Great Britain return to elite level after victory over Hungary
Great Britain men secured promotion back to ice hockey's elite level for the first time since 1994 with an overtime win over Hungary in Budapest.
Robert Farmer equalised with 15 seconds of regulation time remaining to give GB the point they needed from the World Championship Division 1A game.
Hosts Hungary had led 2-0 in the third period before Robert Dowd's goal set up a frantic finish.
"What we have achieved is out of this world," said captain Jonathan Phillips.
"We believed we could do it and that was so key.
"We had belief in ourselves from the moment we arrived and the confidence just built throughout the week."
GB are the first team to win back-to-back gold medals in Division 1.
After a 2-2 draw in regulation time, they won 3-2 after a shootout as overtime ended with the score still level.
The two points for an overtime win meant GB - who had been in the third tier and ranked 29th in recent years - topped their group with 11 points.
Peter Russell's team will now play in the 2019 World Championships alongside some of the world's best teams such as Canada, Russia, USA and Sweden.
"This team is very special and what we have pulled off is absolutely unbelievable," said Russell. "We did not give up and showed true British spirit to pull that one out of the bag."
Netminder Ben Bowns, who made a series of vital saves - including a penalty-shot stop when the score was 2-1, told BBC Sport: "There's going to be a lot of shots next year! It's going to be fun, I can't wait.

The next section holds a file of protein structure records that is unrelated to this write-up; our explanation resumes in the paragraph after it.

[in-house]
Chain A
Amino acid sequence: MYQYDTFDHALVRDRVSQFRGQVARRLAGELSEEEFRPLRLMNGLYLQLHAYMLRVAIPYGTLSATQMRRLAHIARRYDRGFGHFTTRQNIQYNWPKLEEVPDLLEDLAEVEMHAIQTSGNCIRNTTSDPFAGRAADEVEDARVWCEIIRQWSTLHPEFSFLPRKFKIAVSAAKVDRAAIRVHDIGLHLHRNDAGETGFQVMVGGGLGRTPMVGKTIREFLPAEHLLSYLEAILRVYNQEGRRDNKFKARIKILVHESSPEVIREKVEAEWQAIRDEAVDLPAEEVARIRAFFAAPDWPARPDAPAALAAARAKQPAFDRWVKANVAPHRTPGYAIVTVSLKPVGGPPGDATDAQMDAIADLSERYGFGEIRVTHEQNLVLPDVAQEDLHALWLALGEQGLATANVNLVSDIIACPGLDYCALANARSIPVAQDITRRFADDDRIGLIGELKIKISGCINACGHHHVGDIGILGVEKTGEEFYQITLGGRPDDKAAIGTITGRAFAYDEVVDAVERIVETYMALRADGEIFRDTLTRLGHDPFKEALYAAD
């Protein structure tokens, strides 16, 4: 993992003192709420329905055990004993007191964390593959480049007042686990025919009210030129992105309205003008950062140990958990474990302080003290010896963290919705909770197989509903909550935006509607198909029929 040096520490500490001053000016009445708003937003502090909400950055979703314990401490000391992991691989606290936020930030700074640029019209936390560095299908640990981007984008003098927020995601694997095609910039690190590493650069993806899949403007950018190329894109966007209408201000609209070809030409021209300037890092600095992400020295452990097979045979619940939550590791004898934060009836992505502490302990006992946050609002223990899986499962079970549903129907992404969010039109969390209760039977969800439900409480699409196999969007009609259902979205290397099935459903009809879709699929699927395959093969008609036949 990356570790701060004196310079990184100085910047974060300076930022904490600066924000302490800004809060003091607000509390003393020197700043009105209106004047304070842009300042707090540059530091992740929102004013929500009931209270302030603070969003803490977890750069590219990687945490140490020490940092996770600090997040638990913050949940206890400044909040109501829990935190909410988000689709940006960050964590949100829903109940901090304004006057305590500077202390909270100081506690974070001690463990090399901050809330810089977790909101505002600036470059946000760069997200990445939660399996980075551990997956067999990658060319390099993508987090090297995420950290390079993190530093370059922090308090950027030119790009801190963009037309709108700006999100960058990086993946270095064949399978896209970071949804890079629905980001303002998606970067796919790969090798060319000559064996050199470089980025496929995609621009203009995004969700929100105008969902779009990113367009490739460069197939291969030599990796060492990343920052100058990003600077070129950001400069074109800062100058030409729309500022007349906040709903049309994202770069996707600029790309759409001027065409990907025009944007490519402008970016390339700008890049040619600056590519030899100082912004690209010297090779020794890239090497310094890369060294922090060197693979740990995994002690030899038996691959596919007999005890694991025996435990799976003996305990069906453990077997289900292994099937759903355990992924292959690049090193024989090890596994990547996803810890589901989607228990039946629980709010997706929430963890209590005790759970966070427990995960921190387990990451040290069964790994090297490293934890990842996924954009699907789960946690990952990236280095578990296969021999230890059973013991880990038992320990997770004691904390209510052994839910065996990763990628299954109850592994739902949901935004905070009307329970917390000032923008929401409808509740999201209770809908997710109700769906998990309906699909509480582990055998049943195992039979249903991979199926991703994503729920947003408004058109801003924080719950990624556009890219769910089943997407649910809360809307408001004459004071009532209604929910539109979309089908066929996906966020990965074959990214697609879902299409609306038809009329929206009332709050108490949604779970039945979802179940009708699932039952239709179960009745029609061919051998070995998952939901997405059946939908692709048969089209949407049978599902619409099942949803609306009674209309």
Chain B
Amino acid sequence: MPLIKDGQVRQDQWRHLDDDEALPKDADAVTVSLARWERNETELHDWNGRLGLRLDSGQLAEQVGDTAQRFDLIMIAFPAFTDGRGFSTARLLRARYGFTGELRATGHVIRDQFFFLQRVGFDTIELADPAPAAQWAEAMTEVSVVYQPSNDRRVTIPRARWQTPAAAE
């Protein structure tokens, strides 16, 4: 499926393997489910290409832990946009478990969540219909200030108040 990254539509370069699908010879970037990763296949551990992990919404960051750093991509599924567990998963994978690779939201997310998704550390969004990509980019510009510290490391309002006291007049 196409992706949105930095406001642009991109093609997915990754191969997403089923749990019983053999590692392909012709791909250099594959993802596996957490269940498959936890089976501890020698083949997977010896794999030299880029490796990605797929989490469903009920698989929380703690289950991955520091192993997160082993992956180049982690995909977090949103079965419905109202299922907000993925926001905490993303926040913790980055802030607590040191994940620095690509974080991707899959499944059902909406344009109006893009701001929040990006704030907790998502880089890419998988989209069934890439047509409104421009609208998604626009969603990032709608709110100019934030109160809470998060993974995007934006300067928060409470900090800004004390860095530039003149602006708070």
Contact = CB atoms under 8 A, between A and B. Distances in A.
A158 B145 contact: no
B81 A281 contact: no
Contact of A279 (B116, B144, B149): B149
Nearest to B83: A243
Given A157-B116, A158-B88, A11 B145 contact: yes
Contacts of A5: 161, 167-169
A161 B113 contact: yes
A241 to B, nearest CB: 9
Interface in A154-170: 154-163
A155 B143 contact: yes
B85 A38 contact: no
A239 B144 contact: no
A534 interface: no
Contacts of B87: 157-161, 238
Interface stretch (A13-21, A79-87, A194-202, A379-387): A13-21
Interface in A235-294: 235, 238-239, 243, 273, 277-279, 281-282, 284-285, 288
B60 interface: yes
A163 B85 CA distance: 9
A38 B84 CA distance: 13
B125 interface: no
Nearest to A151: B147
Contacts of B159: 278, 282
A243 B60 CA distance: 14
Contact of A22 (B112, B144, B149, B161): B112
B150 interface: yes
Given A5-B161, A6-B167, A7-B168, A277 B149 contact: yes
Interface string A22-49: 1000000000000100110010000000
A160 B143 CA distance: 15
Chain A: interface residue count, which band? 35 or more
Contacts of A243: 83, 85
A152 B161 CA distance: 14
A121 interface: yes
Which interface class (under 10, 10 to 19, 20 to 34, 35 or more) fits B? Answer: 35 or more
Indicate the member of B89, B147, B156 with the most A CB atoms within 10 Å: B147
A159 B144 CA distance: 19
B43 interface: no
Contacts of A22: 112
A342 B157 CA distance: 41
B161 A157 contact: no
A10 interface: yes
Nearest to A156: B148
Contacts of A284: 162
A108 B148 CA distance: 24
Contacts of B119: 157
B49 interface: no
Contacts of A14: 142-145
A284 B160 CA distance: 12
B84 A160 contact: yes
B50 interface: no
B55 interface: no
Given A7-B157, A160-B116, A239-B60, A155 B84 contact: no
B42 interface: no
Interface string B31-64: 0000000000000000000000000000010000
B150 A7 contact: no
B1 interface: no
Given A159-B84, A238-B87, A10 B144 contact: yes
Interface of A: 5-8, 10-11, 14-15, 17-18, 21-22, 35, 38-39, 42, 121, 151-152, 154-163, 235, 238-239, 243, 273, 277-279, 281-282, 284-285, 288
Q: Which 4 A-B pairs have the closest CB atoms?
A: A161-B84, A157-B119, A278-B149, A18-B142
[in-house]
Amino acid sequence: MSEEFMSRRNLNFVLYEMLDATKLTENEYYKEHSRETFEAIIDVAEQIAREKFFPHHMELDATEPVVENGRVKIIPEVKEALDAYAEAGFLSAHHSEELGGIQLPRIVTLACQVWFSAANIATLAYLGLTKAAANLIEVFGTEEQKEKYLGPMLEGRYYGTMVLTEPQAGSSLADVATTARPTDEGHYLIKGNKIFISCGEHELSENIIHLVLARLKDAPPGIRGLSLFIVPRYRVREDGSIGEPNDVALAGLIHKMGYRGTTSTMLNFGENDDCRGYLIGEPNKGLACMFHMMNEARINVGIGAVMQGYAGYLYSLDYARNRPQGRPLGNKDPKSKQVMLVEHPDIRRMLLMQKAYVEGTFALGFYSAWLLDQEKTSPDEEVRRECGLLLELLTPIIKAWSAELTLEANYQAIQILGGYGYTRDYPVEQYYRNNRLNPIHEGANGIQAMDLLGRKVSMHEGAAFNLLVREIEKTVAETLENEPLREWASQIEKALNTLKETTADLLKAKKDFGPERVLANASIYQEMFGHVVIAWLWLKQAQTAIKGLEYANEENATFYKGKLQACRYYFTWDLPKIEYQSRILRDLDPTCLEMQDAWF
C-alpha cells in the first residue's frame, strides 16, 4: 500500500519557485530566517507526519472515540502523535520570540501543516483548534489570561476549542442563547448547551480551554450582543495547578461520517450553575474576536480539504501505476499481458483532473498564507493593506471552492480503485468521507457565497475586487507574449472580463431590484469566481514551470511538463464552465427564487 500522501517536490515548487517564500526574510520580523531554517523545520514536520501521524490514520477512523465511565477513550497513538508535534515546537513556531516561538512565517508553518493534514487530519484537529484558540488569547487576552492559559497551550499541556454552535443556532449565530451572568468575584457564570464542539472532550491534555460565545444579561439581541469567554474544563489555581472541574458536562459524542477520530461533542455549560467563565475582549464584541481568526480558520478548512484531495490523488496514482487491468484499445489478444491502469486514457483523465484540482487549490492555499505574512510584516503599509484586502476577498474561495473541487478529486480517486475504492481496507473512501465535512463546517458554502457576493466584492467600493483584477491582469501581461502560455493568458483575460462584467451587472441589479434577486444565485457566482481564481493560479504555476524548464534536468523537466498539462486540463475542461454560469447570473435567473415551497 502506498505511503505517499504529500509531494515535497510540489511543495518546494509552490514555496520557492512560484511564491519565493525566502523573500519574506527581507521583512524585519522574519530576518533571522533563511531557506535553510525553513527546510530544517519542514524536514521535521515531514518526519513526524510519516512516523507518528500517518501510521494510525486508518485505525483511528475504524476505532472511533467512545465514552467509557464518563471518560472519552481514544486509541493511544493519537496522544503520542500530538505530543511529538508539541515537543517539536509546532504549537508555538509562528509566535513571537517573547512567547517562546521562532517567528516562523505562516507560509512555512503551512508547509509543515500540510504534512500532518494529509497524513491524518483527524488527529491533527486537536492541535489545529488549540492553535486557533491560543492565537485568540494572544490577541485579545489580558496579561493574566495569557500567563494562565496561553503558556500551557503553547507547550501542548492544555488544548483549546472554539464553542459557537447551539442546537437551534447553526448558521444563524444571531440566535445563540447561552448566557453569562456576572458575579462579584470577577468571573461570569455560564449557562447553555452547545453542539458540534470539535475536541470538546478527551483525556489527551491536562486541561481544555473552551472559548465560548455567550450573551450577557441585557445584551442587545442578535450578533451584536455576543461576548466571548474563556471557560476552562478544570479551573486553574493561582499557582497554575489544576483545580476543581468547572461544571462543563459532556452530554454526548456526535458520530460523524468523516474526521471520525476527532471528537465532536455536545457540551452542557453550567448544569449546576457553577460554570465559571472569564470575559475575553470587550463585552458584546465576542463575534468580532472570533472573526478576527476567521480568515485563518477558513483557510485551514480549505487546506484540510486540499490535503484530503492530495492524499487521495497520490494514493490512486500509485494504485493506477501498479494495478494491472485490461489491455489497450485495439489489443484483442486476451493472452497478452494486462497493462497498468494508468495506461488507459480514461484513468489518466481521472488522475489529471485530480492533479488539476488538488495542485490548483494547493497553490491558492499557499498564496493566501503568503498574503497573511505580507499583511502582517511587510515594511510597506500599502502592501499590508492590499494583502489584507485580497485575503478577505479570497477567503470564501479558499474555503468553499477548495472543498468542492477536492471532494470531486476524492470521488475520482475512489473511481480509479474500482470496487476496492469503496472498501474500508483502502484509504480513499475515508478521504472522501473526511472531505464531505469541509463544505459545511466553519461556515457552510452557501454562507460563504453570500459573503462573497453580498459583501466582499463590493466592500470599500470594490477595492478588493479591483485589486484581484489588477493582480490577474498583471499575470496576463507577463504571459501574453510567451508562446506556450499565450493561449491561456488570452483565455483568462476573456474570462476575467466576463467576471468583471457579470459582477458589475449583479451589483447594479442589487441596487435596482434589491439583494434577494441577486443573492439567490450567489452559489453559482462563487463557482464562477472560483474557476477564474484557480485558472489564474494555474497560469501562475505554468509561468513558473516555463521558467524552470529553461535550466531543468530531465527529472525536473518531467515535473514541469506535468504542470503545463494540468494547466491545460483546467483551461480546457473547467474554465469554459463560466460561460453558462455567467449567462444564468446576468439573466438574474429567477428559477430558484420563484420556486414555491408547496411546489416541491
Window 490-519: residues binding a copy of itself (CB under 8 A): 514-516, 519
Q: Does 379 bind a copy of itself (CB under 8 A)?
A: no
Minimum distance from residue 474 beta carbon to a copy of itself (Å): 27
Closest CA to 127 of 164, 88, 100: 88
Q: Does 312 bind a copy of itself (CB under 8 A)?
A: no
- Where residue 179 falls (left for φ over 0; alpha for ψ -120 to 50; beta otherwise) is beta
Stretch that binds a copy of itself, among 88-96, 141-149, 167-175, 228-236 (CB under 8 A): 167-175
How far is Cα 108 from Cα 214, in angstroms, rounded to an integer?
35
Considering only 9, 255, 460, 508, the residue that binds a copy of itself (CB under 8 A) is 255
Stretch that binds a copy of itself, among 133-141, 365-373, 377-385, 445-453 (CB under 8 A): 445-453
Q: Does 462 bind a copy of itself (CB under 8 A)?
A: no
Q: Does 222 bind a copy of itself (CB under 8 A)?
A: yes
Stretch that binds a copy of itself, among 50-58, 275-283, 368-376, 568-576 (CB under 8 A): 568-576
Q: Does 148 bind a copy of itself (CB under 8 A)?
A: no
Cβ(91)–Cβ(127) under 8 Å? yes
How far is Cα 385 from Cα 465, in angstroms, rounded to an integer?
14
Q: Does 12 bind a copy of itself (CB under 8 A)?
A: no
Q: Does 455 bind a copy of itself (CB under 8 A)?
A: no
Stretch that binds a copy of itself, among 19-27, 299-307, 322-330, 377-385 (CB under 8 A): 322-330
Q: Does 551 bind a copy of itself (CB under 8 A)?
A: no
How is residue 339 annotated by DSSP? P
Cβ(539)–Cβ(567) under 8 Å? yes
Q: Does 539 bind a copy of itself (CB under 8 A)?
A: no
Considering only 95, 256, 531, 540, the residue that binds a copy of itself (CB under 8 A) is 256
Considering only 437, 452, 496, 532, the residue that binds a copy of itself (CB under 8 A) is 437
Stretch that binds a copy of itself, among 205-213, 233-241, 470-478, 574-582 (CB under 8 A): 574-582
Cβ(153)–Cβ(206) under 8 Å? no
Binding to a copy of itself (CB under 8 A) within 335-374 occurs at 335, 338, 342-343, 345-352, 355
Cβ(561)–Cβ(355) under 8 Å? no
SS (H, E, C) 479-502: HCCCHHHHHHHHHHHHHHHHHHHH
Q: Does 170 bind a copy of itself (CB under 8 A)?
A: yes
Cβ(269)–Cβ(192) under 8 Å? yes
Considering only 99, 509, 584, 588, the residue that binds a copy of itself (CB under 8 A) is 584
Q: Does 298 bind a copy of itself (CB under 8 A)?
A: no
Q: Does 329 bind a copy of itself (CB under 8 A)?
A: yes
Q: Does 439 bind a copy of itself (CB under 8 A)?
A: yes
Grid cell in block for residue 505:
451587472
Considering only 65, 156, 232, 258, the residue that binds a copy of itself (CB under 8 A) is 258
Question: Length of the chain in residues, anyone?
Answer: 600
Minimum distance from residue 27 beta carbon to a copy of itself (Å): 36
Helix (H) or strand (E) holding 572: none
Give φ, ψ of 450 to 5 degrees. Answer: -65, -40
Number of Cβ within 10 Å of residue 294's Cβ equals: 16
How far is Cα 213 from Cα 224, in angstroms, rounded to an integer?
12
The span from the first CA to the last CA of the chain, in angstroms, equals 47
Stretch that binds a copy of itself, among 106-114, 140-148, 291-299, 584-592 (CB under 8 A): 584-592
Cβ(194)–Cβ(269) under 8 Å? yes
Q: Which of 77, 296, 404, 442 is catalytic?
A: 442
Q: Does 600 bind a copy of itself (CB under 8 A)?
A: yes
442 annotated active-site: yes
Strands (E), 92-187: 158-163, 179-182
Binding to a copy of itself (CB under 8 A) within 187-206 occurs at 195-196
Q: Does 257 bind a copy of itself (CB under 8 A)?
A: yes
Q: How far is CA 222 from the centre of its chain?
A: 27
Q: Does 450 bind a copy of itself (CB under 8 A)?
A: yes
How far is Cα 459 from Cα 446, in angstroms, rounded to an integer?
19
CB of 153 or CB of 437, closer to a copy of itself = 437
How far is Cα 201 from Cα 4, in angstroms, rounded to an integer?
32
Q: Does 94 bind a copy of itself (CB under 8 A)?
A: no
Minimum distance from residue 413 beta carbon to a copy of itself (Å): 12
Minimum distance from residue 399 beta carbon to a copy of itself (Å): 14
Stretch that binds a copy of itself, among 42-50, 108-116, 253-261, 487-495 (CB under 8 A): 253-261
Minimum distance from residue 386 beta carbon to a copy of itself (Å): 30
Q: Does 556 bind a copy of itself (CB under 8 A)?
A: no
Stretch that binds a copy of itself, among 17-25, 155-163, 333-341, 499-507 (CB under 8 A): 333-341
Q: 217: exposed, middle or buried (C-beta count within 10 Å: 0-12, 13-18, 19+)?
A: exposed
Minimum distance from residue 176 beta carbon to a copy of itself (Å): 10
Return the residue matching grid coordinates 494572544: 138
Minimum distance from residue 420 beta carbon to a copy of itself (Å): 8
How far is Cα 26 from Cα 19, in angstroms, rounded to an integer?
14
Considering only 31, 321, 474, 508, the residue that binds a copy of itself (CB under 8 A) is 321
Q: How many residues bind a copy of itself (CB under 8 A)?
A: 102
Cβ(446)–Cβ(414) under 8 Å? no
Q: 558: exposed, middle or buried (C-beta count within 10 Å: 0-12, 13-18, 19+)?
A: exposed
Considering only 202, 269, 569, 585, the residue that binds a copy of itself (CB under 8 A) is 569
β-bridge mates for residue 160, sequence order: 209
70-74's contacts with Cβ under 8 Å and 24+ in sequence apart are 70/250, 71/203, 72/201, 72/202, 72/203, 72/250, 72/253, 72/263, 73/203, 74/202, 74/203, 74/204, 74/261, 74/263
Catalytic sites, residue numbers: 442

"We generated momentum, got a scrappy goal that was exactly what we needed and the guys kept going and we got the equaliser."
Captain Phillips added: "We set our goal and we didn't give up and showed the character to come back from a terrible first period when I think the nerves set in."
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Seth Bennett, BBC ice hockey commentator
With 10 minutes to go, Great Britain looked dead on their feet, but somehow, from somewhere, they found the energy to fight back.
Dowd changed the mood of the building and then, after Bowns had saved a penalty shot, GB had one last chance.
Farmer made something from nothing and that was enough to seal gold and fairytale end to the tournament.
There is no underestimating the importance of this day for British ice hockey - so often looked at as being the poor relation of the rest of Europe.
This week has shown that, despite no external funding, they are ready to play with the sport's elite. Russell has guided this group of players and they have given him every last drop of energy.
As to how they will cope with playing against the world's best teams, only time will tell, but after a generation of players missed out on the chance to play at the top level, this group of have earned their place in the history books.
Five games in seven days and Great Britain delivered a tournament that will go down as one of the most incredible in their World Championship history.